More of the series on technology in Star Trek: the sensors.
If the Star Trek folks did a good job in retaining limitations in the engines, an area where they've failed the viewers miserably is the sensors. There were certainly limitations to the sensors in the original series, but Voyager has pretty much no limitations except when it suits the plot, in which case they make up reasons — sometimes lame ones — about why the sensors can't see something.
Seriously, here. The sensors can tell how many life forms there are, and of what species. They can tell how many dead bodies there are. They can tell exactly what sort of weaponry is available, and whether they are “powered up” or not. They can detect “energy signatures” and “weapon signatures”, and determine, say, that a Borg ship has been here recently, or that someone has fired a Federation phaser 'round these parts. They can scan a planet and tell Voyager just what level of technology they have there. Heck, they can even detect technology that Voyager doesn't have — it's a good trick, making scanners that can find things you don't even know about.
When they need to stick scanner limitations into the plot, well, we usually get “subspace interference” or some mysterious sort of “cloaking technology”. But sometimes, when the scanners can't find what they're looking for, the crew just needs to “recalibrate” or “remodulate” them — a process that apparently happens at the press of a button, and there's no explanation about what they're calibrated against, or what sort of “modulation” we're talking about.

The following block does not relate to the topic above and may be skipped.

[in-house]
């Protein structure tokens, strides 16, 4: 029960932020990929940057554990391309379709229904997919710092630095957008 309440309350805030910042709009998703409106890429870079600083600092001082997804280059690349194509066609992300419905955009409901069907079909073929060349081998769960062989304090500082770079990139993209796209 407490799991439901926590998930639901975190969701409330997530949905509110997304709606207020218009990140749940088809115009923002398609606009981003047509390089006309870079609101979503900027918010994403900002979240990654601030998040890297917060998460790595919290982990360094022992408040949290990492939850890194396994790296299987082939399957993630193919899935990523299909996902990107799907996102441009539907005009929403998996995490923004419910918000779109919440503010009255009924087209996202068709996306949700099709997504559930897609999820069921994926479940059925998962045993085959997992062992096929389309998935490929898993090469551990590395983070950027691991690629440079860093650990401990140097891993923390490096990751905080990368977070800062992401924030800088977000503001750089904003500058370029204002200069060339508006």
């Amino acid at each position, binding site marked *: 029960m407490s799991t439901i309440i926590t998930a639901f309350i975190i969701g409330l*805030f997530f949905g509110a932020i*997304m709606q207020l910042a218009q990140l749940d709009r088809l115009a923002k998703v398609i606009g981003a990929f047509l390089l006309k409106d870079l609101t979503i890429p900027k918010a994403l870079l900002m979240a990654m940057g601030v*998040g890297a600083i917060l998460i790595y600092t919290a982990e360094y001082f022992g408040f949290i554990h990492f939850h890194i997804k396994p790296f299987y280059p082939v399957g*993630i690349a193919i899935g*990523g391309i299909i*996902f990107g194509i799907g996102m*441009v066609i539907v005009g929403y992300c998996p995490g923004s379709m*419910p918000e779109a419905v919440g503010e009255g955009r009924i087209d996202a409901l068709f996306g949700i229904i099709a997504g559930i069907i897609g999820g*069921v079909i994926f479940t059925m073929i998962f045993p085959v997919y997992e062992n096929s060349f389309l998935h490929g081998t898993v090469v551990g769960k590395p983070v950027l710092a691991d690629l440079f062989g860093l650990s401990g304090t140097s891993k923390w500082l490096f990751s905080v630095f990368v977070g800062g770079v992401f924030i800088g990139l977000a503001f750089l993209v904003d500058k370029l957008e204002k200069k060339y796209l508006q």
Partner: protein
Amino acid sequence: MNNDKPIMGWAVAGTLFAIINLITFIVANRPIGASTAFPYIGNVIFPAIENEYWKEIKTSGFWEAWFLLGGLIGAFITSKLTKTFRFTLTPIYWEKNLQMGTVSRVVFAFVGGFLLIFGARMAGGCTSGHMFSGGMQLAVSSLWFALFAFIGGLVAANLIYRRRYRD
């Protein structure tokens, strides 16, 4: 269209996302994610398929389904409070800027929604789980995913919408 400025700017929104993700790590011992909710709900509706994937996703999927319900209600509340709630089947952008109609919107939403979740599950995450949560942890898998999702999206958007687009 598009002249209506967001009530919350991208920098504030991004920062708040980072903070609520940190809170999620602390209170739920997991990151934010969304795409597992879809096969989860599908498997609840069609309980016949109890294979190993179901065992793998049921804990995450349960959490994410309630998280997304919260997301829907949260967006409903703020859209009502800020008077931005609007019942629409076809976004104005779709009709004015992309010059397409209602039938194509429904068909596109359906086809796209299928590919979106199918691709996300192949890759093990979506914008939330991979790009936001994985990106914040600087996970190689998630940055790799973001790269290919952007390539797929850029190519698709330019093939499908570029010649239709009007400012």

The remodulation thing also magically changes the effectiveness of the shields and of the weaponry. The odd thing here is that with the removal of limitations of other sorts, there's still a ridiculous limitation that the captain has to give an order to “remodulate” something, at which point a crew member says, “Aye, captain,” and suddenly it's all better. As sophisticated as the equipment and the computer system are, wouldn't that happen automatically, with no specific human command and response?
This is where I find things the most maddening, and where it requires the greatest suspension of disbelief. It's simply a question that when it helps the plot for Voyager to know what's what, the sensors can give the information... and when it helps the plot for them to be in the dark, the sensors can't see it. And there's just no consistency to it. It's a part of the system that I just can't see as reasonable technology, even for the 24th century.
While I'm here, three unrelated Star Trek notes:
- Nice quote from the episode titled “Someone To Watch Over Me”: Seven of Nine is observing B'Elanna and Tom, by way of studying human mating behaviour. B'Elanna is annoyed when she discovers this, grabs Seven of Nine's notes, and reads them.
B'Elanna: “Star date 52648, 0300 hours, intimate relations resume.” How the hell do you know when we're having intimate relations?
Seven of Nine: There is no one on deck 9 section 12 who doesn't know when you're having intimate relations.
- I've just watched the episode titled “Blink of an Eye” (season 6 episode 12), and I consider it to be the best Voyager episode so far.
- You may have heard that the ashes of cremated actor James Doohan (Scotty from the original series), along with those of astronaut Gordon Cooper and about 200 other people, have just been sent into space. I love technology.